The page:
People told us that they felt safe when receiving care and support from staff employed by Angels Domiciliary Care Services. However we found an issue with one person who was receiving care and support that presented as a safeguarding issue, which had not been recorded as being reported through to the local authority safeguarding team. We have made a recommendation about this.

The service had up to date safeguarding and whistleblowing policies in place which meant that staff had clear guidance to enable them to recognise different types of abuse and who to report it to if suspected.

We found evidence to show that staff received appropriate training and formal supervisions and appraisals took place. Staff also received a good level of training across a range of areas.

The service was working within the principles of the Mental Capacity Act 2005 (MCA) and staff received training in this area. Staff understanding of the principles of the MCA act was limited however they were able to talk around the area of consent well.

People, and relatives we spoke with, told us they were happy with the care and support they received and that staff were caring and compassionate.

People we spoke with and their relatives told us they knew how to raise issues or make a complaint and that communication with the service was good. We saw that the service kept records of complaints, concerns and compliments and responded to complaints in line with their own policy.

All care plans contained an initial assessment of the person's needs prior to their care beginning. We saw that care plans were reviewed regularly although some elements of care plans needed to contain additional information and guidance for staff.

We saw evidence of some quality audits taking place. We discussed the need to expand this are as and when the business grew, although it was evident that the registered manager knew the people the service cared for well.

Inspection carried out on 18 September 2015

During a routine inspection

The inspection took place on 18 September 2015 and was announced. We gave the provider 48 hours notice that we would be visiting to inspect. This was because the service is a small domiciliary care provider and we needed to make sure the right person would be available to provide us with the necessary information.

Angels Domiciliary Care Services is a small family run domiciliary care provider, which cover the Chorley area. At the time of our inspection, the service supported 10 people who had a variety of needs, ranging between personal care and domestic tasks.

The service had a registered manager in post. A registered manager is a person who has registered with the Care Quality Commission to manage the service. Like registered providers, they are ‘registered persons’. Registered persons have legal responsibility for meeting the requirements in the Health and Social Care Act 2008 and associated Regulations about how the service is run.

We spoke with people who used the service, some relatives and staff during the inspection. The feedback we received from people was positive. People expressed satisfaction with all aspects of the service provided and spoke highly of staff and managers. People who used the service told us they were treated with compassion and kindness and that their privacy and dignity were respected.

Staff were not fully aware of their responsibilities to safeguard people they supported from abuse. Staff were not able to speak confidently about their role in safeguarding people. We found the service's policy around safeguarding had not been updated since 2012. This was in breach of regulation 13 of the Health and Social Care Act 2008 (Regulated Activities) Regulations 2014, as the provider had not established systems and processes to prevent abuse of service users.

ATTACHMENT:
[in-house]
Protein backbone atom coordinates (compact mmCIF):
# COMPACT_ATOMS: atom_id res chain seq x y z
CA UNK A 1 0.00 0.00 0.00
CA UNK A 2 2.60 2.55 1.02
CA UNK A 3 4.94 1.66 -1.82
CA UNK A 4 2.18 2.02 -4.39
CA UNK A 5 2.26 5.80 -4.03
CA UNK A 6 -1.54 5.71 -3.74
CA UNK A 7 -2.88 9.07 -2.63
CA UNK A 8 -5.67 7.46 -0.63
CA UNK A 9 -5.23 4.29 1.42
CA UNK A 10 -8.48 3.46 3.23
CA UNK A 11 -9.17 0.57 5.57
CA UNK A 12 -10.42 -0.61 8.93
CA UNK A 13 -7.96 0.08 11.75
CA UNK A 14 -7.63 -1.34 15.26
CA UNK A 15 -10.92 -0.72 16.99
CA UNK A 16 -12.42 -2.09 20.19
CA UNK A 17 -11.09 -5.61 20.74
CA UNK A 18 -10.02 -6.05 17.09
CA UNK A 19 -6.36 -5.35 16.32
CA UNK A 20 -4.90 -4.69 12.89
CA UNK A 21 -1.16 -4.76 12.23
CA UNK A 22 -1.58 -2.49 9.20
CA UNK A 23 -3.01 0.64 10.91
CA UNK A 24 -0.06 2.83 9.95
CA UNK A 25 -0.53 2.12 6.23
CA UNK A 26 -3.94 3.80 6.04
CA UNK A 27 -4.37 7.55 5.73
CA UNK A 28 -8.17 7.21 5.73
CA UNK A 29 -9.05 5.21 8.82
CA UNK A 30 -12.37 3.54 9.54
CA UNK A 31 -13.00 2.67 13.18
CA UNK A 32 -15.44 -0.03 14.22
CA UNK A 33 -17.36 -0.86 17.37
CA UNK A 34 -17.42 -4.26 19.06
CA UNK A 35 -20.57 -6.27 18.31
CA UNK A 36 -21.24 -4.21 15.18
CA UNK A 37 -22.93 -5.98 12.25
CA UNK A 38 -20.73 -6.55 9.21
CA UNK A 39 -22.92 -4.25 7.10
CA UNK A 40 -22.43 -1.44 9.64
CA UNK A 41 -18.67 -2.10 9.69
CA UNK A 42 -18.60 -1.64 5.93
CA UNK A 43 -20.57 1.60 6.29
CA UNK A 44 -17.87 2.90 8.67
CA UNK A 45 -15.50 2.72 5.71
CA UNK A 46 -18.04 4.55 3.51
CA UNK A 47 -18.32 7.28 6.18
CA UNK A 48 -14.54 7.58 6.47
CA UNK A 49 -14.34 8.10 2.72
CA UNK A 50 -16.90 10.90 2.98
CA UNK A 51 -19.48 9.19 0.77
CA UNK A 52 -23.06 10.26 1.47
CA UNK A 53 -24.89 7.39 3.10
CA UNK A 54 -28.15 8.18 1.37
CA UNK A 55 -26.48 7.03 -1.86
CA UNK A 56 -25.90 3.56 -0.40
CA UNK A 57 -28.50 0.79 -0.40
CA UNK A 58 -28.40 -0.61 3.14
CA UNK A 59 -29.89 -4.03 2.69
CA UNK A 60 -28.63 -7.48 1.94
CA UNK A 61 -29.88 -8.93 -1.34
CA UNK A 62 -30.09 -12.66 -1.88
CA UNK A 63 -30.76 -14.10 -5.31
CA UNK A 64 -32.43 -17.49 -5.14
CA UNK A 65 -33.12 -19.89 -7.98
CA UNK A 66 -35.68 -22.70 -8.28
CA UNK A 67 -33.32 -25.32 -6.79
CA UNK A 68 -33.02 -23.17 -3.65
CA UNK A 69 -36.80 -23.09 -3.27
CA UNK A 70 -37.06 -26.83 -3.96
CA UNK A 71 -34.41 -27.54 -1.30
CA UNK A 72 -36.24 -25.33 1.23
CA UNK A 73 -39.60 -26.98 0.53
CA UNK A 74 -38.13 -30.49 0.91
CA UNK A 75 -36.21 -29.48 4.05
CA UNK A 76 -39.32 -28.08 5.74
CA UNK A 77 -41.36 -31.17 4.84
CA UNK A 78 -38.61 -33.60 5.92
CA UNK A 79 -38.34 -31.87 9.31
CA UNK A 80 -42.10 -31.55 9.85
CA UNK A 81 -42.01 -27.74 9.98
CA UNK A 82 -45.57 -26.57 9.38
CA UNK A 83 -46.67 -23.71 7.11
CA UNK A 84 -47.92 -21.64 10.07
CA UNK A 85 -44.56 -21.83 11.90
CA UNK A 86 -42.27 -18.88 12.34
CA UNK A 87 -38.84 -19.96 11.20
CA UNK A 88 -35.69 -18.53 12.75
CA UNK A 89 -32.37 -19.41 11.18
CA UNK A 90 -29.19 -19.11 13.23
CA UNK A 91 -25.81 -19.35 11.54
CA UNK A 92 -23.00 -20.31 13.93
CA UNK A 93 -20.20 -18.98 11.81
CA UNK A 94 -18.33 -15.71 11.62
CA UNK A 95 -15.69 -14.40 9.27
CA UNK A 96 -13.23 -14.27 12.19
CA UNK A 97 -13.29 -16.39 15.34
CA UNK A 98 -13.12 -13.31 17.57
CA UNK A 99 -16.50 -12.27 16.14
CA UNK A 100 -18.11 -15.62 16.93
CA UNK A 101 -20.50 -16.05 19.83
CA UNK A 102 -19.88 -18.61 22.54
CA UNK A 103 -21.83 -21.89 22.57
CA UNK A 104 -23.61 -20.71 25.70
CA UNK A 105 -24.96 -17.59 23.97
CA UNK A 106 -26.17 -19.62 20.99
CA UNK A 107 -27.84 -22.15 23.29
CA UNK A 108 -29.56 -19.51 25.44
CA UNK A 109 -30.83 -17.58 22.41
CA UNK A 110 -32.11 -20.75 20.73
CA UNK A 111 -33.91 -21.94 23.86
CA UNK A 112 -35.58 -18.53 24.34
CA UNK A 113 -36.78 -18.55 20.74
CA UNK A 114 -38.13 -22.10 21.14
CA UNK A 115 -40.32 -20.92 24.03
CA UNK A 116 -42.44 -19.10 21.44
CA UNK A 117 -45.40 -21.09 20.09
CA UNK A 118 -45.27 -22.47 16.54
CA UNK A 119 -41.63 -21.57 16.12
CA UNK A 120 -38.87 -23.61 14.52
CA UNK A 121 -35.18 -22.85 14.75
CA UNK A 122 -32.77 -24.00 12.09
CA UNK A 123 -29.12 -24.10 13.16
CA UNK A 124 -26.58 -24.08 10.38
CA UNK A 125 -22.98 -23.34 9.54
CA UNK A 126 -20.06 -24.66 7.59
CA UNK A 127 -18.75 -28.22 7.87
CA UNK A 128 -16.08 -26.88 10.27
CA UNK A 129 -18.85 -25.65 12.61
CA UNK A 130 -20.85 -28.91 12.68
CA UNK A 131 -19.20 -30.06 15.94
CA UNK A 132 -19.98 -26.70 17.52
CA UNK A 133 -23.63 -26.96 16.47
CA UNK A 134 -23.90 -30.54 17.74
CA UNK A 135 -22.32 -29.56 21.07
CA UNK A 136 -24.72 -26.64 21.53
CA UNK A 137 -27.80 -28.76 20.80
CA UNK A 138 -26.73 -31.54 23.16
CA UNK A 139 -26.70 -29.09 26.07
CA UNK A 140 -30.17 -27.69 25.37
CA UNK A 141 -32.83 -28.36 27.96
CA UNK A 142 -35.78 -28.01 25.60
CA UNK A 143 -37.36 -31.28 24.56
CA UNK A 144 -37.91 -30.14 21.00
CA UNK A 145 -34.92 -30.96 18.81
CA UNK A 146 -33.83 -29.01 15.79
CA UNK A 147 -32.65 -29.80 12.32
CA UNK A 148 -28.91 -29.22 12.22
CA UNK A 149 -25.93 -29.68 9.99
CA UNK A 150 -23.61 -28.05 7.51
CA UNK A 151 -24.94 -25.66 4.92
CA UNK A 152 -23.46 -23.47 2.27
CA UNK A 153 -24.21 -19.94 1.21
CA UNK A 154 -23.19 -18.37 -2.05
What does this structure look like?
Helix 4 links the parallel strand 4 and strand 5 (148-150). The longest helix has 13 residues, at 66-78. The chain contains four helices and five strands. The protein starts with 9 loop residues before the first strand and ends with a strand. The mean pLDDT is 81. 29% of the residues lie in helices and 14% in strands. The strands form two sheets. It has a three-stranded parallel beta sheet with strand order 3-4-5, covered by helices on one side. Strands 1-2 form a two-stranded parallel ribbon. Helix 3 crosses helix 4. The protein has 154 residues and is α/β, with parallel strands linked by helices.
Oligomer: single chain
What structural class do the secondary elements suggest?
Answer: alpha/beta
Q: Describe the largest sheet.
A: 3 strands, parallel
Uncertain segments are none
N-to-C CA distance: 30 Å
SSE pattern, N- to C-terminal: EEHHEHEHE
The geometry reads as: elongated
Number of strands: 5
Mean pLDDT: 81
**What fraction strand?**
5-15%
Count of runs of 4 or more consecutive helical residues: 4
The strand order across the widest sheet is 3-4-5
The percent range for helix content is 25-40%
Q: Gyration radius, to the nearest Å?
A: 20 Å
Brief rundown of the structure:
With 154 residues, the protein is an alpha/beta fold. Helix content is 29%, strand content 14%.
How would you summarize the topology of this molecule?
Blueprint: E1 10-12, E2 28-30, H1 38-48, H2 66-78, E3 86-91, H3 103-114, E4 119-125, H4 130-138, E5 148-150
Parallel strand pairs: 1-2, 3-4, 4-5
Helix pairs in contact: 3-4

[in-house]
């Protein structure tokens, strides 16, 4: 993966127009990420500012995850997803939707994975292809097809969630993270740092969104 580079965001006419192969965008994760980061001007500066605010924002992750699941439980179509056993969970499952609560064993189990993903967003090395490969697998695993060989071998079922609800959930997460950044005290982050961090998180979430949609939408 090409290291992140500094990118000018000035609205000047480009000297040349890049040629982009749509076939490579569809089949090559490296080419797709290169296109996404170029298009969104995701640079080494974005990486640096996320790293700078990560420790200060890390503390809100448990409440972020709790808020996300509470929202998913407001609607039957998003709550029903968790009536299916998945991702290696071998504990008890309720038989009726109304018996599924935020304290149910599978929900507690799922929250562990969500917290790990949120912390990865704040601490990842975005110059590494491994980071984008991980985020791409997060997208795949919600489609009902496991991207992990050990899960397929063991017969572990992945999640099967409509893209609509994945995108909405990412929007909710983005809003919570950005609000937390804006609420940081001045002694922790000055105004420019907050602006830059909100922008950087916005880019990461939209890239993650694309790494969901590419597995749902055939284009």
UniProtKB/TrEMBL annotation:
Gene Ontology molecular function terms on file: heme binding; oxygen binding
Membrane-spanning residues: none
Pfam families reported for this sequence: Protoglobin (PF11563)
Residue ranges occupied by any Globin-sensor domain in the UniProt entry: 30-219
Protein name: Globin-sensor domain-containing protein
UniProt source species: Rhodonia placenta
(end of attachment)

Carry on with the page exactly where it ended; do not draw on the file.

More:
We found staff had not received adequate training, appraisal and supervision in order to carry out their role safely and effectively. This was a breach of regulation 18 of the Health and Social Care Act 2008 (Regulated Activities) Regulations 2014, as persons employed by the service provider in the provision of the regulated activity had not received such appropriate support, training, supervision and appraisal to carry out the duties they were employed to perform.

The provider had not ensured that staff understood their responsibilities in line with the Mental Capacity Act 2005. The service did not routinely record people's consent to care and support. Where people's capacity to make a decision may be affected, for example, because they were living with dementia, the service had not assessed their capacity to consent. This was in breach of regulation 11 of the Health and Social Care Act 2008 (Regulated Activities) Regulations 2014. This was because the service supported some people who were living with dementia and had not gained valid consent in accordance with the MCA, where people's capacity to consent had been called into question.

There were effective systems in place to assess and manage risks to people’s health and wellbeing. Staff were fully aware of personal risks people’s faced for instance, in relation to their health or mobility, and the measures they should take to support people safely. However, we found that assessments and plans of care were not dated and review dates were not scheduled. We have made a recommendation about this.

Accidents and incidents were recorded in care records in people's homes. However, we found there was no centralised system for recording and analysing such events. We have made a recommendation about this.

The service worked well to help ensure people received effective health care support from other agencies. People who required assistance to take their medicines were provided with safe support.

Staff at the service were carefully recruited and were required to undergo a number of background checks prior to starting their employment. This helped to ensure only people with the correct skills and of